Last January, the NCUA Board voted to let credit unions use derivatives. It granted this authority after gathering responses to its proposed ruling.
The most significant change in the agency’s final rule involved “notional” amounts, basing them more on duration and extending maturity limits. Other critical components of the rule involve the use of external service providers and counterparty requirements.
NCUA is allowing credit unions to enter into interest-rate swaps, purchase interest-rate caps and floors, and execute Treasury futures contracts (the latter being added in the Final ruling). Futures contracts are generally more liquid and counterparty transactions are more efficient.
Eligible credit unions are those with assets of more than $250 million, a CAMEL rating of 1, 2, or 3, and a management rating of 1 or 2. The rule also includes a provision that smaller credit unions are eligible at the discretion of an NCUA field director.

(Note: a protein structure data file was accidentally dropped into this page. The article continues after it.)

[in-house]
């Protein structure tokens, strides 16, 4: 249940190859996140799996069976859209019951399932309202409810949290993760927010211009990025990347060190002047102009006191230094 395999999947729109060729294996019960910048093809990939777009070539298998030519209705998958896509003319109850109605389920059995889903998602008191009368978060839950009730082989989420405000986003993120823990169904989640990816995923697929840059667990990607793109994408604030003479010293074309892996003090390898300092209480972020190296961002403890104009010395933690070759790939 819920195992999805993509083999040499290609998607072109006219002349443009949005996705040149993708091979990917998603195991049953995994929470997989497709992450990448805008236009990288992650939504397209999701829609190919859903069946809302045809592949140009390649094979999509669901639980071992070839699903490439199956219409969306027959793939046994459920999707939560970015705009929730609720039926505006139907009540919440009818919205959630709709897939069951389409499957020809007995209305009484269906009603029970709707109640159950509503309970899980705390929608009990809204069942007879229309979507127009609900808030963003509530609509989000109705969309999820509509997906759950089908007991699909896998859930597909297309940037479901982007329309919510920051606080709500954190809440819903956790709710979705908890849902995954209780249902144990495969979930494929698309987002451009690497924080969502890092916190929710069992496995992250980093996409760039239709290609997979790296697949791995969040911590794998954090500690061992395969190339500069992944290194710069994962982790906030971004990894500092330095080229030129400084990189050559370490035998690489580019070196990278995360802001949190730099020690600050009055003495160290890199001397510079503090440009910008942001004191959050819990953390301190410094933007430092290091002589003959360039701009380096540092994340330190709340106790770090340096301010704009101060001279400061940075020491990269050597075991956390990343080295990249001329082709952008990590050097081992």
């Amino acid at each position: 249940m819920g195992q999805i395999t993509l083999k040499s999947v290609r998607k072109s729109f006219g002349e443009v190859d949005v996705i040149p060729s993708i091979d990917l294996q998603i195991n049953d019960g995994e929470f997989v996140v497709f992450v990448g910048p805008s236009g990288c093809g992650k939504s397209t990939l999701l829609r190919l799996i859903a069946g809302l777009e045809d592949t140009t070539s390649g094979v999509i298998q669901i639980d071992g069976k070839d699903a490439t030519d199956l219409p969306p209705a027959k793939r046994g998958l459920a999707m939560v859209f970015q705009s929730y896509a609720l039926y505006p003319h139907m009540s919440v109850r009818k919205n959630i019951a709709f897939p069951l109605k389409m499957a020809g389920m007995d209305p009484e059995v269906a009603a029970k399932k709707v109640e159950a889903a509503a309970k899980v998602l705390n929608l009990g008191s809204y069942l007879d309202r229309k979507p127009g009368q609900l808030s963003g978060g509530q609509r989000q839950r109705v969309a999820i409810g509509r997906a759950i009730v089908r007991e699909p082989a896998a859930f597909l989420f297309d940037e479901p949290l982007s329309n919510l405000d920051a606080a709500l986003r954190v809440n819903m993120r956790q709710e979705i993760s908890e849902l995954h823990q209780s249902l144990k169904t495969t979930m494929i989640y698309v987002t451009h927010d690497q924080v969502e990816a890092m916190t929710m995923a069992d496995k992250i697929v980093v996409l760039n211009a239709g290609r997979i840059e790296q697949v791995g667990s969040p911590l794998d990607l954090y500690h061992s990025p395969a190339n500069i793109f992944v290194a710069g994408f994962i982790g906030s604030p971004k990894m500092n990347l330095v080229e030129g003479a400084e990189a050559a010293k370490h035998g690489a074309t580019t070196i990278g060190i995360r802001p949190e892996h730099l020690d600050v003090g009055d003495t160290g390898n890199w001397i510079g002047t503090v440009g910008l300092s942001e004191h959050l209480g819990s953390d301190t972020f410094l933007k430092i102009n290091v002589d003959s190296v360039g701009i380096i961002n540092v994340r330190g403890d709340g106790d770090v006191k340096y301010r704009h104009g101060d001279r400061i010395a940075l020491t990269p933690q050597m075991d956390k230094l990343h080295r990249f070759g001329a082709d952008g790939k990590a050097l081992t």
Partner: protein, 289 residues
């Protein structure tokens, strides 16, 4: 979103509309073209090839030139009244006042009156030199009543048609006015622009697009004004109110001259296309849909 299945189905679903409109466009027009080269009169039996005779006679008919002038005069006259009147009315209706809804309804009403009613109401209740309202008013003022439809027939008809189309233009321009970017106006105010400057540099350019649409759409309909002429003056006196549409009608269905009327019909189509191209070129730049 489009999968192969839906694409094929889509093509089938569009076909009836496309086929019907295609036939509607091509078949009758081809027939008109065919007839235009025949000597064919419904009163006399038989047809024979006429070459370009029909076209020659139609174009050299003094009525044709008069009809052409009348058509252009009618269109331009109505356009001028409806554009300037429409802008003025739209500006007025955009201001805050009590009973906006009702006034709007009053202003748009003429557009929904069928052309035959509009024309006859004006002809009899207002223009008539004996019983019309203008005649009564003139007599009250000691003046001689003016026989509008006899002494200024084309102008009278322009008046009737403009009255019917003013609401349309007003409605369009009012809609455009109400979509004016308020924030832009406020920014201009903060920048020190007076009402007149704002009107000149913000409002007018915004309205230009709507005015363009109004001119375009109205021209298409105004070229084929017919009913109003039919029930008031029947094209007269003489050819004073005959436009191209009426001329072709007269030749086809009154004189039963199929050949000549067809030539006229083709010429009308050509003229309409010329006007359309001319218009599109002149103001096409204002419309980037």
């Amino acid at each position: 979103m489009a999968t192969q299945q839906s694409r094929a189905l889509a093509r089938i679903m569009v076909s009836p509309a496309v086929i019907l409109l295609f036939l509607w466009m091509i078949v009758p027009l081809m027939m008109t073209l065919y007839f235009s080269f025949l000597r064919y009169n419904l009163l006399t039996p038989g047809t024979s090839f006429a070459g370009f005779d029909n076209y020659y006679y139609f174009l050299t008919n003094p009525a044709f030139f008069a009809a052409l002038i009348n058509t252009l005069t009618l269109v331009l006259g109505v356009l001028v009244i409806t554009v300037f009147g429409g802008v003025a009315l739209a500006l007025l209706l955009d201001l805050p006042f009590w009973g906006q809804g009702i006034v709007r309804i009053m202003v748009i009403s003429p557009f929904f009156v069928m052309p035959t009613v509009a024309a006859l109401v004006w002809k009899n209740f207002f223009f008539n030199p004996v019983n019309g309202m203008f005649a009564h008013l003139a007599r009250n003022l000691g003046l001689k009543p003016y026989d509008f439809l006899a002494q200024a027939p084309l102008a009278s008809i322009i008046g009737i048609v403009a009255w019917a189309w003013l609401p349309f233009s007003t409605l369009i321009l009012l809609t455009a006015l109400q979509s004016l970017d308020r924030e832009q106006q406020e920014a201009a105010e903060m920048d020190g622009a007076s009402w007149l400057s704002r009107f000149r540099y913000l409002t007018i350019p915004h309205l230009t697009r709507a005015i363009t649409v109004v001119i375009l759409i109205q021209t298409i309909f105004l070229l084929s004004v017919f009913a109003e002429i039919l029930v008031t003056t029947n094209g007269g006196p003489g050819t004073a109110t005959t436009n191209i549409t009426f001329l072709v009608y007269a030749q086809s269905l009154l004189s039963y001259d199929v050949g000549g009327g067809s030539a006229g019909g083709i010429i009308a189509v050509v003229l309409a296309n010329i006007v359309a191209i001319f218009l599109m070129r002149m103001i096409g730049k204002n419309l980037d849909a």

Credit unions may use an external service provider to support or conduct aspects of its derivatives program as long as the provider isn’t a counterparty, isn’t a principal or agent of the trade, and doesn’t have discretion.
Credit unions can use these service providers as advisers, to aid in accounting and back-office operations or to provide reporting.